CeCe Telfer is a transgender athlete who aspires to pursue an Olympic dream of qualifying for the U.S. trials, then race in the 400-meter hurdles. Telfer must run the race in 56.5 seconds; her best time has been 57.5 seconds.
The New York Times profiled Telfer, who has received death threats on social media, once slept in her car, skipped meals and struggled to find a supportive training coach on the journey of pursuing her dream.
The determined 26-year-old has already started to make historic moves. Two years ago, she became the first openly transgender woman to win an NCAA title when she was fifth-year senior at Division II Franklin Pierce University, located in Rindge, New Hampshire.
Olympic historians say that no athletes at the Winter or Summer Games have publicly identified themselves as transgender when competing. Telfer told The Times that making Tokyo is “important for me to do it for my people— whether it be women, Black people, transgender people, L.G.B.T.Q. people—anybody who is scrutinized and oppressed.”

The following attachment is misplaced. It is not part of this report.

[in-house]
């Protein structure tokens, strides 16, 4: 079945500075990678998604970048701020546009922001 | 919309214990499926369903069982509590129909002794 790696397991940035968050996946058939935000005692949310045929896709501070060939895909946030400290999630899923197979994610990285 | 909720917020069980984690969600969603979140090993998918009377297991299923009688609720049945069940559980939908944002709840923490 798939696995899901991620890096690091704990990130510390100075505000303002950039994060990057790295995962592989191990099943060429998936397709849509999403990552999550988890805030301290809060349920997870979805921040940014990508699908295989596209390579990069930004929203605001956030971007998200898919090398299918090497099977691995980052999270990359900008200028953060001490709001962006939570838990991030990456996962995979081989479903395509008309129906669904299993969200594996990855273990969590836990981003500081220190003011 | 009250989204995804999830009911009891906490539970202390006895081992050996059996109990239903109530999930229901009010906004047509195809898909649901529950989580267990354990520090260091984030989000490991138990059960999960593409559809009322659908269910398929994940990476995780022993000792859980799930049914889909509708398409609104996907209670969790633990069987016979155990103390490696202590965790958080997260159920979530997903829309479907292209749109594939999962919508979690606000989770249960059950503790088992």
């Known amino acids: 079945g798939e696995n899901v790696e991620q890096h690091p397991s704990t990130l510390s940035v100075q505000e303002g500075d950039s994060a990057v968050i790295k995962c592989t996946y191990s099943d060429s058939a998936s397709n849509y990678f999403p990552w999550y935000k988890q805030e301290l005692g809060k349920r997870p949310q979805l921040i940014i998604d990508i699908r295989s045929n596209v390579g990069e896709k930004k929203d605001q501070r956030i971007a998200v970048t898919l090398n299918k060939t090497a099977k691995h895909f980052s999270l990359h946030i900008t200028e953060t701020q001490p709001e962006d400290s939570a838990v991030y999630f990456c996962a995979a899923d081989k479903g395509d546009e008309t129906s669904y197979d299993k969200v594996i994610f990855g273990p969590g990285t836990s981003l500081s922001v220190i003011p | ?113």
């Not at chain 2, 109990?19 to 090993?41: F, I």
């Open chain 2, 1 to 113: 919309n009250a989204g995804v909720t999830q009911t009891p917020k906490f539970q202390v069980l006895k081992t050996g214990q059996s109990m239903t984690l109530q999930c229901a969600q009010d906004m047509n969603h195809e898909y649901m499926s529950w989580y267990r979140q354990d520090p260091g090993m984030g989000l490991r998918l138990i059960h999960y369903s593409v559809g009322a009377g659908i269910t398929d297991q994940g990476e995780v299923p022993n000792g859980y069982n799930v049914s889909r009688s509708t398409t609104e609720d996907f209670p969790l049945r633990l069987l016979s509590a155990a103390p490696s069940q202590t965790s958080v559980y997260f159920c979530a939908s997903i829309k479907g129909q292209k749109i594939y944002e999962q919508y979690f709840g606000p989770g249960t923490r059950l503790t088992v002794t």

Telfer’s website revealed that the sprinter was born in Jamaica but raised in Canada.
“I started running track at a really young age, it was cultural and all Jamaicans have to do it. It’s in my blood. Track has always been apart of my life. I consider myself a well-rounded athlete. I cross-train with other sports, like volleyball, cheerleading, gymnastics, and tennis, to keep my head in the game,” Telfer said on the website.
Telfer has some supporters. Nicolette Zeigler is organizing a fundraiser for Telfer, who must travel to mostly self- financed track meets, since there is no sponsorship lined up yet. Telfer trains vigorously and works at a nursing home.
“Now I have an even bigger stage in my sight, Tokyo 2021. Please help me on my journey to the Olympics and to be the first Black female, in transition to compete at the Olympics,” the GoFundMe message reads. “The world is changing and it starts with me.”